From Lake Titicaca


Pisac, Peru
While in Cusco, I highly recommend going to Pisac, which is a nearby town. There is a market there that had some of the best shopping of our entire trip, but it might not be every day of the week. It also had the 2nd best ruins I saw on the trip (Machu Picchu was #1, of course). The ruins are on on the top of a mountain next to town. Even if you hire a taxi to take you to the top, be sure to wear proper hiking clothes and bring water because it's no easy stroll. Also, be sure to bring enough money for everything because there are no ATMs in Pisac. To get to Pisac from Cusco we took a taxi to a tiny little bus station on the edge of town. Then a local bus to Pisac, which costs less than a dollar, but be sure to have small change with you. In fact, always try to have tons of small change with you because people in Bolivia and Peru really dislike making change. For food, there is a really good empanada place in one of the corners of the market. From where the bus and taxis drop off, you have to walk about a block up a street/alley to get to the market (shown below). The first section of the market you'll encounter is the produce area. If you are walking up the street towards the market, take a left as soon as you get to the produce area. Tucked away in the corner is a little courtyard with an outdoor brick oven. It's right near a hiking gear store. They also sell roasted Guinea pig there, but I'm not into that.


From Cusco, Peru


Cusco Sights
If you're going to see more than one of the ruins in and around Cusco, you should get a multiple day pass, which I think you can buy at any of the sites. They're a little expensive by Peru standards, so make sure you have enough cash with you for the first ruins you go to.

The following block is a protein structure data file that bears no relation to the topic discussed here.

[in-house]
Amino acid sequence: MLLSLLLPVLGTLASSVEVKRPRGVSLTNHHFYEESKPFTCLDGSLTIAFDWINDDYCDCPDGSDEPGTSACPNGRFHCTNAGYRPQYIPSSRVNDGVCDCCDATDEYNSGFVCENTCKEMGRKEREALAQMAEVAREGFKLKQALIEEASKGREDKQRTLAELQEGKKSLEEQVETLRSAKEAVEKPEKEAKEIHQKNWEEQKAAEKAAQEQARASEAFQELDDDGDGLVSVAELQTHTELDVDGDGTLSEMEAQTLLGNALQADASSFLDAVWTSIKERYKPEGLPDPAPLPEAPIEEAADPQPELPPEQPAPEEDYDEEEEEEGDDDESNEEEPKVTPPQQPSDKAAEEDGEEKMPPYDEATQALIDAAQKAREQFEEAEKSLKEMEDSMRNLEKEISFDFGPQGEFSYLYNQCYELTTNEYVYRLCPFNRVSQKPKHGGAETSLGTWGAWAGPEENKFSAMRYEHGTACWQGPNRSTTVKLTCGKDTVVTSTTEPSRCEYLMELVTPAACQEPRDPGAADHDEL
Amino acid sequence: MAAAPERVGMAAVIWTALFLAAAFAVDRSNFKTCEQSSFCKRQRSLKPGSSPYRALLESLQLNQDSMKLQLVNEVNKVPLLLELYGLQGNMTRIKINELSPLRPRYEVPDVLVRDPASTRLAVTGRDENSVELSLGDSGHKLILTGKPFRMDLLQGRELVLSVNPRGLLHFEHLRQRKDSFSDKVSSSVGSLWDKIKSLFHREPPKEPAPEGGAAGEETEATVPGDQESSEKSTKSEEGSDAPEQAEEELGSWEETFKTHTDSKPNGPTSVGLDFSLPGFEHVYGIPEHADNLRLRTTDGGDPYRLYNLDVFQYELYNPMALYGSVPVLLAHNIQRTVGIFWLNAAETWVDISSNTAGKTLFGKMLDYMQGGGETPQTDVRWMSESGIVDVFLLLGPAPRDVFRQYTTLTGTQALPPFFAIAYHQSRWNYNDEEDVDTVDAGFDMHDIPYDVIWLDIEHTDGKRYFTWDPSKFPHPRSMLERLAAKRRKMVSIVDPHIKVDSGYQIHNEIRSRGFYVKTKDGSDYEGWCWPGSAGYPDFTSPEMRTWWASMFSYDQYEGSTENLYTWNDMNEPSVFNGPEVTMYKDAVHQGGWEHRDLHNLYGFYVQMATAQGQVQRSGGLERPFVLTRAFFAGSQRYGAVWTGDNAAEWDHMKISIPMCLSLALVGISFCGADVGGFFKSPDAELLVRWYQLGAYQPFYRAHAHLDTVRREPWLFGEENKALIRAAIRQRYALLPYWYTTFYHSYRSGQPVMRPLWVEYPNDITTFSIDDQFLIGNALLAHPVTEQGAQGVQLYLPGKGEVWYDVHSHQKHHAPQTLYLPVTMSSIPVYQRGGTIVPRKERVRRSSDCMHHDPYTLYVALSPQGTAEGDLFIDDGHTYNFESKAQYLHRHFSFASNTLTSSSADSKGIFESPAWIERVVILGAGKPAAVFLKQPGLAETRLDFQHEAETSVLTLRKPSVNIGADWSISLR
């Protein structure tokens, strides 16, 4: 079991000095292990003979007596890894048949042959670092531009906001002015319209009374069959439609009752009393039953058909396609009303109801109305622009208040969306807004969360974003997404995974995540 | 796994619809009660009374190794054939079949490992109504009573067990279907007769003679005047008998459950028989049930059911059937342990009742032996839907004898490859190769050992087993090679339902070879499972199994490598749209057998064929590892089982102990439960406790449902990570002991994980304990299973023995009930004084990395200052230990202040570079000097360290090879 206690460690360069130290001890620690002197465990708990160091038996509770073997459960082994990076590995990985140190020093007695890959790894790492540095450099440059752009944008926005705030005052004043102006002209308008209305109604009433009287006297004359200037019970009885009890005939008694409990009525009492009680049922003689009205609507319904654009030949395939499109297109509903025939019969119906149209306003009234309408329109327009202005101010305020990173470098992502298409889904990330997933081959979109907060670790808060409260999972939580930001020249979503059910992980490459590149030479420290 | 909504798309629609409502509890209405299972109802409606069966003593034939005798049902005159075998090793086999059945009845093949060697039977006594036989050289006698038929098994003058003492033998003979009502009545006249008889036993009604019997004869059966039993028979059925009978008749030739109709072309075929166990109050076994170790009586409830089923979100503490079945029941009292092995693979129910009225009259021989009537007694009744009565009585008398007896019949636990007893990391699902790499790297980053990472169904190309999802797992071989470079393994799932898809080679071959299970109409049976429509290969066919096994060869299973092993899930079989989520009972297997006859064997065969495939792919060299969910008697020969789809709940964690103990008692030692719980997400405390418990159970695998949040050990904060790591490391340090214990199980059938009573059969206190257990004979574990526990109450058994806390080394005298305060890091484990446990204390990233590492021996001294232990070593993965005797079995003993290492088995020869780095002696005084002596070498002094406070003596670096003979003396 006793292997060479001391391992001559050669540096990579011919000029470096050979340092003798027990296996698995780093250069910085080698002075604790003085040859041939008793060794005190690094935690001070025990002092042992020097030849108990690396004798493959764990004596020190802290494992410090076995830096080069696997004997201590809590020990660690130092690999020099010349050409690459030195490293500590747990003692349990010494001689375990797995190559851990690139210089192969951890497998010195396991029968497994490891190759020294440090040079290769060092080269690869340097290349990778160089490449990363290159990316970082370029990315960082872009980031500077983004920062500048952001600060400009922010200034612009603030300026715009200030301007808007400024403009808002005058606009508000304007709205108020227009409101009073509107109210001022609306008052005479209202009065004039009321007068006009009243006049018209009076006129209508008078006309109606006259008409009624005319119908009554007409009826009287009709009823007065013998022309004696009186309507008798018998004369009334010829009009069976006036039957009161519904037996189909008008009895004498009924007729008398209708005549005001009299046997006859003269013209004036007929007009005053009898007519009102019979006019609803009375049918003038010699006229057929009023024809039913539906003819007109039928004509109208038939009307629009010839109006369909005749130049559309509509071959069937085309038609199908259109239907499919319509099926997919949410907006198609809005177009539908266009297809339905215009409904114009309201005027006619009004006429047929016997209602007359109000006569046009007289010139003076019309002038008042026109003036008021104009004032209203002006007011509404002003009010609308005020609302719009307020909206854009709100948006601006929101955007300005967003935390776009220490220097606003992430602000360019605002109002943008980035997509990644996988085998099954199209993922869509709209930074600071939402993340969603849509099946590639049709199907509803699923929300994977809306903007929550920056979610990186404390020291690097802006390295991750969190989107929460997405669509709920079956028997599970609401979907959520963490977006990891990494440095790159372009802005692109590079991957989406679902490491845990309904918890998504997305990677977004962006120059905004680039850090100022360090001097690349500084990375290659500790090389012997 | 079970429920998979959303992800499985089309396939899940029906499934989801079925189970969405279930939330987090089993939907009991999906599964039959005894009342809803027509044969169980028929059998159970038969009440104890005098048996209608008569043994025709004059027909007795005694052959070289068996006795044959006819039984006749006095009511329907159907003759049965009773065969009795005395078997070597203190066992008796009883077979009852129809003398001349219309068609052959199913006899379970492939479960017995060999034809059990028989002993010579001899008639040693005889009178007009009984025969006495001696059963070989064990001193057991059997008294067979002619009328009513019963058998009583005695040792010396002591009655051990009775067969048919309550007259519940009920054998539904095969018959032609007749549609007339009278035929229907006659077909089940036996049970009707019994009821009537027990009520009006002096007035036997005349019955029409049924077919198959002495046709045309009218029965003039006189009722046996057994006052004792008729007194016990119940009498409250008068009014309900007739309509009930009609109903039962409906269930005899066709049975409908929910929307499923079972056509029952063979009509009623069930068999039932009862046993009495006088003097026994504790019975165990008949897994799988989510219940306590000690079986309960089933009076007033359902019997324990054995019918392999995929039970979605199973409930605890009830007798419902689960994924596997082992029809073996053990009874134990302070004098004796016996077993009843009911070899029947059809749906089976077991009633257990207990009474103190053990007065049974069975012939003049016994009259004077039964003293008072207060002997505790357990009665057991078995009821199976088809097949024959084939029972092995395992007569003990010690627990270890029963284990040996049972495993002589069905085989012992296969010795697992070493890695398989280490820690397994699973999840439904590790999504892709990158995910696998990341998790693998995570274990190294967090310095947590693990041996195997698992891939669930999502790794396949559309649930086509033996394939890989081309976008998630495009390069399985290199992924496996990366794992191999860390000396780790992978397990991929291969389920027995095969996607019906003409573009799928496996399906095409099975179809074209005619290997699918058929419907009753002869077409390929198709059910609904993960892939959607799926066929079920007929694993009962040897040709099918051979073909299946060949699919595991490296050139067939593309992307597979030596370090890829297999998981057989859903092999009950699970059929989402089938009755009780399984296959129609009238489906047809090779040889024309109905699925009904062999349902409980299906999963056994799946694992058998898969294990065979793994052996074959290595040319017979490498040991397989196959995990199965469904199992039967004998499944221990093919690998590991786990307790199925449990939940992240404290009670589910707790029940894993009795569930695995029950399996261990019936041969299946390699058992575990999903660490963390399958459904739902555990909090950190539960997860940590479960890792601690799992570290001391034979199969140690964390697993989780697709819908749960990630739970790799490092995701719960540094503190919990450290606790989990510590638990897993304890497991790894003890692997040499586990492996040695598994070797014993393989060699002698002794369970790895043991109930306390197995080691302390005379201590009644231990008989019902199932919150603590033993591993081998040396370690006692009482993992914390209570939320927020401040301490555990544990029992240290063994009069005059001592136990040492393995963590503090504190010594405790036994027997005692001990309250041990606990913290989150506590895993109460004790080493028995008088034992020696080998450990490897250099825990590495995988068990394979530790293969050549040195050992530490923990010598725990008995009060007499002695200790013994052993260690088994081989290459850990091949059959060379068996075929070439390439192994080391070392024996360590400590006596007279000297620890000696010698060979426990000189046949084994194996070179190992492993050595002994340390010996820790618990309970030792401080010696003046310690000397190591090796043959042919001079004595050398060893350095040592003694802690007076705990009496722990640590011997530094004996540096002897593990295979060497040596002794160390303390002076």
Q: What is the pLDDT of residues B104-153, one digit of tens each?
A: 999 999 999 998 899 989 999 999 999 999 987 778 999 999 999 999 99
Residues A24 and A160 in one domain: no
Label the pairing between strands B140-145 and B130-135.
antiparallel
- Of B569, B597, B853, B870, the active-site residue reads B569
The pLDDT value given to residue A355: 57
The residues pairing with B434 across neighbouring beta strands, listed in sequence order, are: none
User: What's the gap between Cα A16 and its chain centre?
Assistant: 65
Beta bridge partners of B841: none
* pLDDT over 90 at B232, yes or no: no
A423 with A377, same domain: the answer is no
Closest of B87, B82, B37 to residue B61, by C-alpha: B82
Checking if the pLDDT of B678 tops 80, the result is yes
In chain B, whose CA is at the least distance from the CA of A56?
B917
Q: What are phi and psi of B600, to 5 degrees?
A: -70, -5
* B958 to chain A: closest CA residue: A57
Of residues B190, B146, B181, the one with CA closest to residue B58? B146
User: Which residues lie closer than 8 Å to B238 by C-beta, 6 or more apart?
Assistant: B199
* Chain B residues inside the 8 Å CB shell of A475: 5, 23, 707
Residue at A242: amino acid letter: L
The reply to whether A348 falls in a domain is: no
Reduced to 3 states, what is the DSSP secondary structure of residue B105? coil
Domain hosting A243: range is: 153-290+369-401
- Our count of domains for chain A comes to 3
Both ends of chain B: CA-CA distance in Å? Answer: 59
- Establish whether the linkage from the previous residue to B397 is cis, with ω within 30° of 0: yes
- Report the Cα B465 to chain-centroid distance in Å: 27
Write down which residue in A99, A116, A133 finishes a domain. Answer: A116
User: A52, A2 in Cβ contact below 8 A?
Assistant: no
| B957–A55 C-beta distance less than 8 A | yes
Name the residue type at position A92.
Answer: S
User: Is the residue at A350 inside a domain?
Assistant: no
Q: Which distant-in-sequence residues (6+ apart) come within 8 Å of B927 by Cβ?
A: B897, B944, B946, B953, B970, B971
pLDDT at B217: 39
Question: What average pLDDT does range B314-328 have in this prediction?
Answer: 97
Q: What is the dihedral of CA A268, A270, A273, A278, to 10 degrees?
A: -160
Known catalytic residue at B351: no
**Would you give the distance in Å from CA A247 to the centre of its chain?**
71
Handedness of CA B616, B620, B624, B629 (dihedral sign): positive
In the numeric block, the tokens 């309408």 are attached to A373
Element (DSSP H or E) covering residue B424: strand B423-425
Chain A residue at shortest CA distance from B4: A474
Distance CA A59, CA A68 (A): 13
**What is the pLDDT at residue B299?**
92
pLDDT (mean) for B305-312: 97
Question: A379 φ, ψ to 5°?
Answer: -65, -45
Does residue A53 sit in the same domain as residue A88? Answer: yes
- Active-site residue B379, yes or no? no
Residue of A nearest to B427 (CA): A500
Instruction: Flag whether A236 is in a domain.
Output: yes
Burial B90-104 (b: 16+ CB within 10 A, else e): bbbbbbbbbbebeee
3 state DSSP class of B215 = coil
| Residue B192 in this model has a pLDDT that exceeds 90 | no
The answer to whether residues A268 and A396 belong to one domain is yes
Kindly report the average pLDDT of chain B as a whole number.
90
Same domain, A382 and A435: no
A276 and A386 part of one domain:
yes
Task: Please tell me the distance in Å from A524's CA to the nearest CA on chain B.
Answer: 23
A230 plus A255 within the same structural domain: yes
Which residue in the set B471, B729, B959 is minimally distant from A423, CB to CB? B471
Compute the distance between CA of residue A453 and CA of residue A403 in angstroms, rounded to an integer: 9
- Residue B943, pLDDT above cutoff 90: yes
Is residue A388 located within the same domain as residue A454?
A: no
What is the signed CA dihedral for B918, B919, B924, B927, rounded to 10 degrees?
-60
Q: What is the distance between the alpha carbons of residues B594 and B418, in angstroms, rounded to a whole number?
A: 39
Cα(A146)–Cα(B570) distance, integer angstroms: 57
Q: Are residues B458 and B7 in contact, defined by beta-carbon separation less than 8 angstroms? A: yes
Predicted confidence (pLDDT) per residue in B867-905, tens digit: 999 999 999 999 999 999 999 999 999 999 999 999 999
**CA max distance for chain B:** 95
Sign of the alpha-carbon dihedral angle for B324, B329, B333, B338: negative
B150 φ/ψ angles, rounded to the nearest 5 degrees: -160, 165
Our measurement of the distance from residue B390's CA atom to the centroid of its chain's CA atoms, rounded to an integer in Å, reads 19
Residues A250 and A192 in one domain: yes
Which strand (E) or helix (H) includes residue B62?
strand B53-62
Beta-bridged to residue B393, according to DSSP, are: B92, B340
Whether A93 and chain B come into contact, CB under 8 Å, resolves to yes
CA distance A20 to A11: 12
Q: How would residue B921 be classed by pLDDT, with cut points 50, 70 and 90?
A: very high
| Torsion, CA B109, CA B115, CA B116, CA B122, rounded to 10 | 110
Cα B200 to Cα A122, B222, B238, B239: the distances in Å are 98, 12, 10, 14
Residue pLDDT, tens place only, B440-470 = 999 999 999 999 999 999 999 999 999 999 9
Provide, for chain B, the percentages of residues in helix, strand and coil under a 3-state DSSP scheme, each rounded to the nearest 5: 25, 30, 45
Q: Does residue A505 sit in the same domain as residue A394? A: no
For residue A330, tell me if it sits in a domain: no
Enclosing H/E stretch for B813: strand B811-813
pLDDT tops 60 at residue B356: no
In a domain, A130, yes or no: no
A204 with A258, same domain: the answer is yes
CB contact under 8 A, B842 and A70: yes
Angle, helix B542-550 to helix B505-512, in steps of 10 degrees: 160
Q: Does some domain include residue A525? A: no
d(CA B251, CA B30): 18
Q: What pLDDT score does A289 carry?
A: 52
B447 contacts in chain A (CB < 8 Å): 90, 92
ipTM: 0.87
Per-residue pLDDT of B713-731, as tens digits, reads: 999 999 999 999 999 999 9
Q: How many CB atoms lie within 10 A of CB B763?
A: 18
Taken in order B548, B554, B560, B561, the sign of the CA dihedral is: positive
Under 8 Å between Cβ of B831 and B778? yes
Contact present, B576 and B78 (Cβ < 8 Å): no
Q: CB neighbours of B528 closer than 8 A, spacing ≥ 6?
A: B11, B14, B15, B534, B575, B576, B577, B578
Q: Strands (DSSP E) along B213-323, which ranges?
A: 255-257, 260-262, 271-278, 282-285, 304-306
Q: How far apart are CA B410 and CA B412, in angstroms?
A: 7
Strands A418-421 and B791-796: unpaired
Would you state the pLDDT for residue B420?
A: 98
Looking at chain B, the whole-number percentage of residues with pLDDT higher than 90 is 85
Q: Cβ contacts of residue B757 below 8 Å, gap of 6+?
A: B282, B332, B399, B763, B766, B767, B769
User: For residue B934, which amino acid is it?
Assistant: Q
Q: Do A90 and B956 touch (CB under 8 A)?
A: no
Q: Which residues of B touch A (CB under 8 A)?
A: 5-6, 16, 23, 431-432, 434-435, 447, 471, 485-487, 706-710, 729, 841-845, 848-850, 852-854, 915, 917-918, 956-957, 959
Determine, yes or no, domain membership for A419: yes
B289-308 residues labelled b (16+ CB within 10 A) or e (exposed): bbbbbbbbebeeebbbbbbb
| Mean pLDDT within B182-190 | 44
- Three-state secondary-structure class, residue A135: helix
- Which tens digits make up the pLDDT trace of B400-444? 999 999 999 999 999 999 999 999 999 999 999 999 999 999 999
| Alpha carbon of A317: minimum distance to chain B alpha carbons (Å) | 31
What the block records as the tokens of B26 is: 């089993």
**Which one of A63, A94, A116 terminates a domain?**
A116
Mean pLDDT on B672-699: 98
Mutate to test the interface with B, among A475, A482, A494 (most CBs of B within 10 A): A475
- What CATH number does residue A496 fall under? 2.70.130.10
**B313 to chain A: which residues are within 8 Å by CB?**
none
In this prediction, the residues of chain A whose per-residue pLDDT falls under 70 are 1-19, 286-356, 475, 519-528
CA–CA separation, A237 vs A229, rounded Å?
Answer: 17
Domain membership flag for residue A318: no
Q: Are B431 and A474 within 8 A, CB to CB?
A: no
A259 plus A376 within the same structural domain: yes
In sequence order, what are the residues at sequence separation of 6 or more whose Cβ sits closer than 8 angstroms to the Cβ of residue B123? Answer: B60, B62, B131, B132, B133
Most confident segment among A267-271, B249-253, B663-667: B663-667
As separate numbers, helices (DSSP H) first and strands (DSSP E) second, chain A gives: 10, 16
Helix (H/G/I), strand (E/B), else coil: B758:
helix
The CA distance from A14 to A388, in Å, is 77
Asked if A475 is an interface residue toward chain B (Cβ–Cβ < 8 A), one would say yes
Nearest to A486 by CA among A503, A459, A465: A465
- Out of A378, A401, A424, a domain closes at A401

From Cusco, Peru


Security
Try to avoid having much cash on you (or at least disperse it) when you pass from Bolivia to Peru because I've heard of a scam where they claim your money is counterfeit. Also, always have your passport in a money belt or in a safe deposit box, never in a bag. Try to get a receipt for what you put in your safe deposit box and avoid putting cash in safe deposit boxes. Also, while on non-tourist buses, never let your carry-on bags out of touch. You may even want to safety pin some of the zippers shut because I've heard a few stories of people reaching under seats (I think someone tried to do this to me in Ecuador, but my safety pins stopped them). I've never heard of problems with large bags stowed under the bus, except for them getting dirty. When we flew from the US, United gave us giant plastic bags for our hiking backpacks which we continued using whenever we checked our bags (I think most big airlines have these, but you sometimes have to ask for them). Not only did the plastic keep our bags clean, but I also thought they provided an extra layer of security just because it made it more of a pain to steal anything.


From Argentina Part 1

1 comment:

Elena said...

As of Dec, 07, Bolivia now requires US citizens to get visas. Part of the application requires proof of hotel reservations and onward travel plans. So I'm trying to get all of that set up soon to apply for the visa.